July 28, 2021
Masks are valuable tools in limiting the spread of COVID-19, but they come with drawbacks. Among those drawbacks is the inability to share facial expressions. A recent study shows that one particular kind of mask can make a big difference to your ability to communicate with patients while masked, according to an article by Sara Berg published on the website of the American Medical Association (AMA).
A study published in JAMA Surgery points to the effectiveness of clear masks as a way to overcome this perceived barrier to effective communication. When surgeons wore clear masks rather than the standard covered masks, patients rated their surgeon significantly higher in providing understandable explanations, demonstrating empathy and eliciting trust, Berg reports.
Fifteen surgeons from a single academic institution were recruited by e-mail. Before each clinic day, surgeons were randomized to wearing a clear or standard mask for each of their new patients, donning each mask type about half the time.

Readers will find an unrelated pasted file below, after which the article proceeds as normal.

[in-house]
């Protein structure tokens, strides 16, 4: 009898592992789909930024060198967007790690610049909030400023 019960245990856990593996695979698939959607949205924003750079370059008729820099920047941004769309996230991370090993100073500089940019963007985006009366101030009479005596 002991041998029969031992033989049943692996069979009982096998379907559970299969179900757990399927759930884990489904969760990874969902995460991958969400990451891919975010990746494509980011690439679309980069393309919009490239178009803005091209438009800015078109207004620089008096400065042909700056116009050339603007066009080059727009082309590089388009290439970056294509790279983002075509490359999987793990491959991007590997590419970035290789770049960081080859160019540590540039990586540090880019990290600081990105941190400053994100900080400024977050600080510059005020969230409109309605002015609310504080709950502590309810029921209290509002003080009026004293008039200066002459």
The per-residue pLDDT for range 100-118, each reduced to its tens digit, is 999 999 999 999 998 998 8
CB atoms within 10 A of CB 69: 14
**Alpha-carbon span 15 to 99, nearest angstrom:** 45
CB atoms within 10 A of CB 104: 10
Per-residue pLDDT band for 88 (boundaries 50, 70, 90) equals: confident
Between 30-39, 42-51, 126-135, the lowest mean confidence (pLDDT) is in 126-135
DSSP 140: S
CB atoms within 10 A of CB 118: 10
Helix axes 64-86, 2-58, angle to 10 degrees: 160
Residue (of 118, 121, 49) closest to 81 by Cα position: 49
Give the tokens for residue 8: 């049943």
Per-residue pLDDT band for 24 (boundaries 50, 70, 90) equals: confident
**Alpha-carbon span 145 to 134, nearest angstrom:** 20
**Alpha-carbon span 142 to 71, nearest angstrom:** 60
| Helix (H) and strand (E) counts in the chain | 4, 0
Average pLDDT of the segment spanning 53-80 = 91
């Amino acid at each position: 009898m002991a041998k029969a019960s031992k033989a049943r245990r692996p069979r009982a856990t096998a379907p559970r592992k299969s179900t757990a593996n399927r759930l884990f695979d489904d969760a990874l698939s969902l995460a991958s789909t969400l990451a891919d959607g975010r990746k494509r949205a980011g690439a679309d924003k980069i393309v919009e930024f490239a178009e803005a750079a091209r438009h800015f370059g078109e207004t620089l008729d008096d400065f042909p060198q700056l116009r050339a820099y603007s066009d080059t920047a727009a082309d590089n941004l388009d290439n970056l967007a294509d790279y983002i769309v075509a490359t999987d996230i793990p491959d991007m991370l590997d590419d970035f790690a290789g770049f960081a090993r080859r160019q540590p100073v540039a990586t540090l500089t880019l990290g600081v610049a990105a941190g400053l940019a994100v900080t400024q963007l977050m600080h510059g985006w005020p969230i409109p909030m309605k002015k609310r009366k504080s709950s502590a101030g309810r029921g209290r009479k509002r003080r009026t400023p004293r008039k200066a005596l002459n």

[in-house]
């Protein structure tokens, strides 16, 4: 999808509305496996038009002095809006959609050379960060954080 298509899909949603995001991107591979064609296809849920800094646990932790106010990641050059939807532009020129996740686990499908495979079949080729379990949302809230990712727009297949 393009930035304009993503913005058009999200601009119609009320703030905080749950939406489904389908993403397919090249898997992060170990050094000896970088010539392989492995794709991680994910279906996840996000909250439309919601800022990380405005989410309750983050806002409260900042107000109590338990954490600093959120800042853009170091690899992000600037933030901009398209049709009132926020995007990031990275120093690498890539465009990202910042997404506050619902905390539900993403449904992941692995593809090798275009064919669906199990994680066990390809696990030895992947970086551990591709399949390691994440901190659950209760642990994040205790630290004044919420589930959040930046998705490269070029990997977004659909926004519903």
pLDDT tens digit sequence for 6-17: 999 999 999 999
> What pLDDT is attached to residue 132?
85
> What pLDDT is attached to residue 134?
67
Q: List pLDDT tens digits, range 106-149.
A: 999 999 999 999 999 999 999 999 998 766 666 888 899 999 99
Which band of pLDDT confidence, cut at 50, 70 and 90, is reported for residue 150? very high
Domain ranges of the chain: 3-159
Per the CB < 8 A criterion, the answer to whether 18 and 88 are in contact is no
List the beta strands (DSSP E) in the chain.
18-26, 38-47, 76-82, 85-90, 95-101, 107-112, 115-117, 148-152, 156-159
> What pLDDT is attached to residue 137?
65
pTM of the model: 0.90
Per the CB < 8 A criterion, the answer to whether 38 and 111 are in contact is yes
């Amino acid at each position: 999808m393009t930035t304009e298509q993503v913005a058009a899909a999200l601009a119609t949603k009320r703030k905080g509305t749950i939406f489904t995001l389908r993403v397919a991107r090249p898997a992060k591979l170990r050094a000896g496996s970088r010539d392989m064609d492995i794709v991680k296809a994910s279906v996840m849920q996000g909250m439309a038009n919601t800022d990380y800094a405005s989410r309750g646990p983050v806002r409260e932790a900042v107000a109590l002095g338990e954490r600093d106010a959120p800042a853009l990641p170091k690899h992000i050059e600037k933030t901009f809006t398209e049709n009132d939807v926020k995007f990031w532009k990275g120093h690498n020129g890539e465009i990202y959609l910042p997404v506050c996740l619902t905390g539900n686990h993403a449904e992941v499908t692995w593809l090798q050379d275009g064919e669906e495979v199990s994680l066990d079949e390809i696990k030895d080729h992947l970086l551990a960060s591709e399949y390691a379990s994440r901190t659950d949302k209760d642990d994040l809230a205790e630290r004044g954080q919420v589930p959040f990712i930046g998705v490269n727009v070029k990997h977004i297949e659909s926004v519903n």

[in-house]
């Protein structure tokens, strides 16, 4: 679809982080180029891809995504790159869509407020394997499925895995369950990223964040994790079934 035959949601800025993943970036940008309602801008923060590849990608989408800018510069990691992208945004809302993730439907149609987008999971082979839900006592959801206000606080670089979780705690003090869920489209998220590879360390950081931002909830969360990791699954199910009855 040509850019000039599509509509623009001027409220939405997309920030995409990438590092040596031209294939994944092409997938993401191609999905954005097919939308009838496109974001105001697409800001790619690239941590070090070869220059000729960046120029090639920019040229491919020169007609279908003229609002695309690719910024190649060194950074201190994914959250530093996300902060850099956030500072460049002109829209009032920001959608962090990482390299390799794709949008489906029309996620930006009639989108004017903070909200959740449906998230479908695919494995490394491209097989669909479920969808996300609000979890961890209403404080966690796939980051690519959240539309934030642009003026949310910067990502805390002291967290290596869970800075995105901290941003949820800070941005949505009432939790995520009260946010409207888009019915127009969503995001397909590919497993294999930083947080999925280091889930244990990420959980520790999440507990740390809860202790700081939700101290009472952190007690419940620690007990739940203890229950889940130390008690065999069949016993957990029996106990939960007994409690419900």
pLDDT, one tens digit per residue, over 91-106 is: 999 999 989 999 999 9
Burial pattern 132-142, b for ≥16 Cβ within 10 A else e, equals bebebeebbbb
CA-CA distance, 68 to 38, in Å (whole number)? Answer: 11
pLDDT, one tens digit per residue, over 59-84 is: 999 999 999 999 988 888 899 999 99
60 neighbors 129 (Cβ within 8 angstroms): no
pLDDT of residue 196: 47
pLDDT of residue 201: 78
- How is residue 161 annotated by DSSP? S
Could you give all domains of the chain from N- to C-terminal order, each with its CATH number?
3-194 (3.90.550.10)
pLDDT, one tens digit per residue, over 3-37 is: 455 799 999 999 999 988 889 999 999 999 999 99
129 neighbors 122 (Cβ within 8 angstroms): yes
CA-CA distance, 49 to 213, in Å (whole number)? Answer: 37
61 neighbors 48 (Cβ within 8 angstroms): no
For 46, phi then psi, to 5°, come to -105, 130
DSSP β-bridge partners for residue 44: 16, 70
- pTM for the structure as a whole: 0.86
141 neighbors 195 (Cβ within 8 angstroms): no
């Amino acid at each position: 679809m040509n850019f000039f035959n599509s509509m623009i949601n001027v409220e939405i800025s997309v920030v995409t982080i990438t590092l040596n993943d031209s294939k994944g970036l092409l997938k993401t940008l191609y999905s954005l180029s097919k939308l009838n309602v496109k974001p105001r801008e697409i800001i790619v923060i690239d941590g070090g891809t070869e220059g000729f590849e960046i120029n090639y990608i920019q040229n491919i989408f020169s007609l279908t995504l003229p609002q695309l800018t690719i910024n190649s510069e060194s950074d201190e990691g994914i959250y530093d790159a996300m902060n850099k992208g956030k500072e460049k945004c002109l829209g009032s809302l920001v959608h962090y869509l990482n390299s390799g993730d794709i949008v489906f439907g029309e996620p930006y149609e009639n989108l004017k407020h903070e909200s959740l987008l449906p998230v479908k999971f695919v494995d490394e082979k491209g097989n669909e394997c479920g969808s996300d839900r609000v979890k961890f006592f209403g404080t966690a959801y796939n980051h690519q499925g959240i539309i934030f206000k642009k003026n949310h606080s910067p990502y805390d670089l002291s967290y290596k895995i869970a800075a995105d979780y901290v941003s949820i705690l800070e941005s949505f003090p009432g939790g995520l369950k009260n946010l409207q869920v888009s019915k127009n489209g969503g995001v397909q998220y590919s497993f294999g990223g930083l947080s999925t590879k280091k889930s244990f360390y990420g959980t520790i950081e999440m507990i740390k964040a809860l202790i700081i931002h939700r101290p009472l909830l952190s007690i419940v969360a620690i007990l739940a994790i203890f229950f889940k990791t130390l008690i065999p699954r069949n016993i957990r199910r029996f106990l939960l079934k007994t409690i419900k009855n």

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Last fall, 200 patients took part in this study. Each patient took a scripted, 10-question survey adapted from the Clinician and Group Consumer Assessment of Healthcare Providers and Systems survey. Other questions were added to assess surgeon empathy and trust, as well as a rating on the physician’s mask.
“Wearing clear versus covered masks suggests that not seeing the surgeon’s face negatively affects patient understanding, perceived empathy and trust,” says the study. “These findings should alert surgeons, because patient perceptions may not be detectable without purposeful attention to communication. We must make every effort to protect the sacred physician-patient relationship during these unprecedented times.”